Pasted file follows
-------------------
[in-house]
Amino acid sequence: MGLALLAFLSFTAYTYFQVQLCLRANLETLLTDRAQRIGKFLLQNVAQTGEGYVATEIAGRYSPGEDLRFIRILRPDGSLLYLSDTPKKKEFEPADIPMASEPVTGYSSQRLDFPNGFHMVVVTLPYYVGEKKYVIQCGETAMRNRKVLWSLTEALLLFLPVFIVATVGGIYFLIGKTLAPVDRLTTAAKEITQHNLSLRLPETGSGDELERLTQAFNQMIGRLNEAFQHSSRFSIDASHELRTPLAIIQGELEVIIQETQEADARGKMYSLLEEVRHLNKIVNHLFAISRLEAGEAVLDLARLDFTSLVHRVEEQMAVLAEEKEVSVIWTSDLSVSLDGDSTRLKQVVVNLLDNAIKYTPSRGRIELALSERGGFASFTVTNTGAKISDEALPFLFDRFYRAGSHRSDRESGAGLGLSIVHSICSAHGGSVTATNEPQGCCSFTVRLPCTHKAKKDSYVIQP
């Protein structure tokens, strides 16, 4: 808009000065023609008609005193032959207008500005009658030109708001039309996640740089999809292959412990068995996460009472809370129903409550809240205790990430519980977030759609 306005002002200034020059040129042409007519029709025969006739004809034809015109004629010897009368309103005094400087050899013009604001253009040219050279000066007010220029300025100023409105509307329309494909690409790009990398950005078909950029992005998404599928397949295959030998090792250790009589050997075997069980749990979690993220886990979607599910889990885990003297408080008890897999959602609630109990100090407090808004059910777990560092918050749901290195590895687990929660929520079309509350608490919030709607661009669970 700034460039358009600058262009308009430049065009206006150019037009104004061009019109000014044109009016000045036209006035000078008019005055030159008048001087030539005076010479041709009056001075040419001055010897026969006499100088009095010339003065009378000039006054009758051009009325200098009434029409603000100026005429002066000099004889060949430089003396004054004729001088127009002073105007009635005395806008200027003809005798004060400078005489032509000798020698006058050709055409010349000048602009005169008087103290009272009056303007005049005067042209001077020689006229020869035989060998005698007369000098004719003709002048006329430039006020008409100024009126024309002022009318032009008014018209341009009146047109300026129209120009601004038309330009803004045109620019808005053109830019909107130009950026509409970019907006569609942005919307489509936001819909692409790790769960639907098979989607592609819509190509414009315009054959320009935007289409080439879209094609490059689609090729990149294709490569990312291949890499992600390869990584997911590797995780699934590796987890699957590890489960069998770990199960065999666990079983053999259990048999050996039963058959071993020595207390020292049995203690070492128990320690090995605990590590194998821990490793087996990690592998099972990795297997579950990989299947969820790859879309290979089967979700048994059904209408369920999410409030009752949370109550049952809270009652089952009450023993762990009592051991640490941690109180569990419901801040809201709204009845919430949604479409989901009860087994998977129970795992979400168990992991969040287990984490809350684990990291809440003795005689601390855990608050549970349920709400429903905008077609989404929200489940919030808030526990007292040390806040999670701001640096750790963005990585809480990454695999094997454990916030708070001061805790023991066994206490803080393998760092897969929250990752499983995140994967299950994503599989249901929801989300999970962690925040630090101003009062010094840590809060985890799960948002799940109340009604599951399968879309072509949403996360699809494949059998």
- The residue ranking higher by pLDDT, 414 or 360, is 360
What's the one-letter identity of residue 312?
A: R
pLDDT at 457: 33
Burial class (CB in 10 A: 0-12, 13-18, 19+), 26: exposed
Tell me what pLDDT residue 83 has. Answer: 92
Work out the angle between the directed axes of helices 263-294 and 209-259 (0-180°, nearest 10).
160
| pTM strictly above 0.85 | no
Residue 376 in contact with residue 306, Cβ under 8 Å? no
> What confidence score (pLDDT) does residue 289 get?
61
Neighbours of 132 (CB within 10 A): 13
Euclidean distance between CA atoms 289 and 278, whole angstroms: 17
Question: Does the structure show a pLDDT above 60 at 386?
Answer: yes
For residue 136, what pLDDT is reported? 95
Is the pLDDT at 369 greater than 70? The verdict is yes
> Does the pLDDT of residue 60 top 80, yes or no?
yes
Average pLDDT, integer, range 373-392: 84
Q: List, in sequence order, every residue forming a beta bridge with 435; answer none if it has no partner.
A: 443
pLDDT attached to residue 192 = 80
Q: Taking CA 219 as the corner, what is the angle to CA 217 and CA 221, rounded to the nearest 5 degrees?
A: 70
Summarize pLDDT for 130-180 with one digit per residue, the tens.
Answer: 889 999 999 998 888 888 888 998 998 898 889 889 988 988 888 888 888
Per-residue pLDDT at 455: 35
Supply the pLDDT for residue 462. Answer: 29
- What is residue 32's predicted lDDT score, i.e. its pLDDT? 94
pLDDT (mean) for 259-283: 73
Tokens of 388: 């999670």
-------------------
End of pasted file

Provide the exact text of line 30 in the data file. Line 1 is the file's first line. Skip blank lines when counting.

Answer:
Summarize pLDDT for 130-180 with one digit per residue, the tens.